This music (later I found out was rock) just attracted me to a point where in 10 months I asked my father to buy me an electric guitar. The 8 to 12-hour practice routine is something I never broke at least in my four years of engineering. The fact that I was getting better at the instrument, becoming a better musician and the fear of a bad stage performance was my driving force. I just wanted to be the best. The college band soon happened in 2008 and was called Lucid Reality and we started competing at Rock competitions being held at college festivals but we never really won any. In 2009, I started a new band (with a few members of Lucid Reality) called Arcane Deception. Arcane’s tone was influenced heavily by bands like Iron Maiden, Metallica, Megadeth, Dream Theater, Children of Bodom, Opeth and a few other Scandinavian death metal bands. That was the point when Arcane really discovered its tone and Rock Street Journal defined us as a “Symphonic Melodic Metal” band. We were winning competitions all over the country and suddenly there was a lot of noise about us in the Metal music scene. In 2011 we launched our eponymous album and the fact that it was really well received was a moment of pure joy for all of us (the band members and our families).
What were some of your early influences like, and how have they grown over time?
Like I said, I started listening to a lot of old-school Bollywood music like Kishore Kumar, Mohammed Rafi which later evolved to listening to bands like Linkin Park, Nirvana, Metallica, Megadeth and much later evolved to the heavier stuff—bands like Dream Theater, Children Of Bodom, Opeth, Cradle of Filth. Today, I listen to more of Progressive music—bands like Porcupine Tree and Karnivool along with a lot of independent instrumental solo musicians like Nick Johnston, Plini, David Maxim, Jakub Zytecki, and more.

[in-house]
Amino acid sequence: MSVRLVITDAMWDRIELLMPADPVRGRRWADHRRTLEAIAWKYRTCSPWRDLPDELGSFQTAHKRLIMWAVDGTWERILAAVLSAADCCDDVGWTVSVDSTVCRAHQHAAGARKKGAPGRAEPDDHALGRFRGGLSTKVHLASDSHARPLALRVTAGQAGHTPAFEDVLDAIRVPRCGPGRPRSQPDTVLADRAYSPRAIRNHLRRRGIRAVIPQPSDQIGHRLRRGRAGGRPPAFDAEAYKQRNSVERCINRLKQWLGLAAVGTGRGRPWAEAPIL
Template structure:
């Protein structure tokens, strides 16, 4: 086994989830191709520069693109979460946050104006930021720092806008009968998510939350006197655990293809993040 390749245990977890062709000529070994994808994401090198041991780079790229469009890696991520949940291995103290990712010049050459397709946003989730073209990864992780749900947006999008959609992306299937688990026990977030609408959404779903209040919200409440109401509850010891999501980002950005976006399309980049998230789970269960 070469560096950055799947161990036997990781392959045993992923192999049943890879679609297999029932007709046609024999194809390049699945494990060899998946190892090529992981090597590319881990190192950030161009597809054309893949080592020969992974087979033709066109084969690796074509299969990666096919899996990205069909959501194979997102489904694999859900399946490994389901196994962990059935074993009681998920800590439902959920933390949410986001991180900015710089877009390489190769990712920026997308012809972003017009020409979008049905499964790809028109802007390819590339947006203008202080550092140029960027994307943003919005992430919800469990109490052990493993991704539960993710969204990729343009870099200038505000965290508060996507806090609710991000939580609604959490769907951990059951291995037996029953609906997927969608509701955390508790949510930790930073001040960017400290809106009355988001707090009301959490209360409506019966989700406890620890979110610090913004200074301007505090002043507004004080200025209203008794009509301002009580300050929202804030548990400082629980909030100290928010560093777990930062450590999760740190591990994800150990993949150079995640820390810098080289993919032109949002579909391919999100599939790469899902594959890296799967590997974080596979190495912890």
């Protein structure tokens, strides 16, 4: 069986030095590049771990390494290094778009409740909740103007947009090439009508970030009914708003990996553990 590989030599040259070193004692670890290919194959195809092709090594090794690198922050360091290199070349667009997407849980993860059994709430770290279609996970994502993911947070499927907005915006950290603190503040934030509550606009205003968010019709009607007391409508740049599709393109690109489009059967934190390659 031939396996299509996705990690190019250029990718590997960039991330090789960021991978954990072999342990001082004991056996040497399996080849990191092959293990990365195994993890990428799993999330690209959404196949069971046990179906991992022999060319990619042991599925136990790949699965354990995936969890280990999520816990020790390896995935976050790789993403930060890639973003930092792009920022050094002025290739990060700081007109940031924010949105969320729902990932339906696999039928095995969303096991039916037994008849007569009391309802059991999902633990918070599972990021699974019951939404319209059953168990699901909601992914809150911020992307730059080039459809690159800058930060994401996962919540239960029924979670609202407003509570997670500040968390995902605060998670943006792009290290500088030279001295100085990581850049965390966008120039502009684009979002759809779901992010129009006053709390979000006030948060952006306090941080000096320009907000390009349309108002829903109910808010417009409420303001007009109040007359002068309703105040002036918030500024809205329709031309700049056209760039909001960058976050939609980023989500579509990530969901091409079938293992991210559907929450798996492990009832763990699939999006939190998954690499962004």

You seem to be connected to the hip with metal music. What is the significance of this genre in your life?
Well, that’s not really the case. I listen to almost everything that I can get my hands on but yes, metal music has been a major influence in my playing probably because, in my early guitar years, metal music is what I was exposed to. I remember being really fascinated by the blistering guitar solos that came with the 80s and 90s metal music. The energy, the encore, the synchronised head banging and a guitarist shredding to a heavy metal riff playing in the background was for me always a moment of raw energy and pure insanity (in a good way, of course). It was always about the technicality and the difficulty of a guitar solo that kept me on my toes, practising for hours to get it right.
While we are on the topic of metal, let’s say you get to plan a heavy metal festival in Bangalore in a month, what bands would you put on the bill, and why?
(Laughs). I really wish I can do that someday. Dream Theater has played a major role in shaping the musician that I am today. So definitely Dream Theater would be the headlining act. Along with that, getting to witness Metallica and Megadeth play on the same stage would definitely be something that I would want.
Where are you in your life, as far as creativity is concerned?
I get this question a lot and my response is always the same—it comes and goes. There are good days and bad days. It all depends what is happening in my life outside of the music spectrum since that is what somehow translates into a song or a musical piece for me. For the last few months, the goal for me is to build on experiences and these experiences will eventually fuel the creativity. I do plan to launch an instrumental album by the end of this year. So yeah, keeping my fingers-crossed.
Any new song/piece that you’re currently working on?
There are always a ton of ideas that I keep working on. Some of these ideas eventually come together and that translates into a song. Like I said earlier, I am planning to launch an album by the end of the year—it would have about 6 to 7 songs all primarily instrumental musical pieces that describe emotions/experiences that we all go through as a part of life from birth to death.
What do sunglasses/eyeglasses mean to you?
It’s all about the style. Being on stage is a performance, it’s not just about the music. It’s about the overall experience—the visuals, the lighting and how you look and what you represent. So yes, it’s all about the perception that you are able to build as an artist or as an individual with the people you interact with (both on and off stage). I think. Sunglasses or eyeglasses do just that, apart from the obvious use case of helping you see things better. (laughs)
Buy Gordon in Black Frost.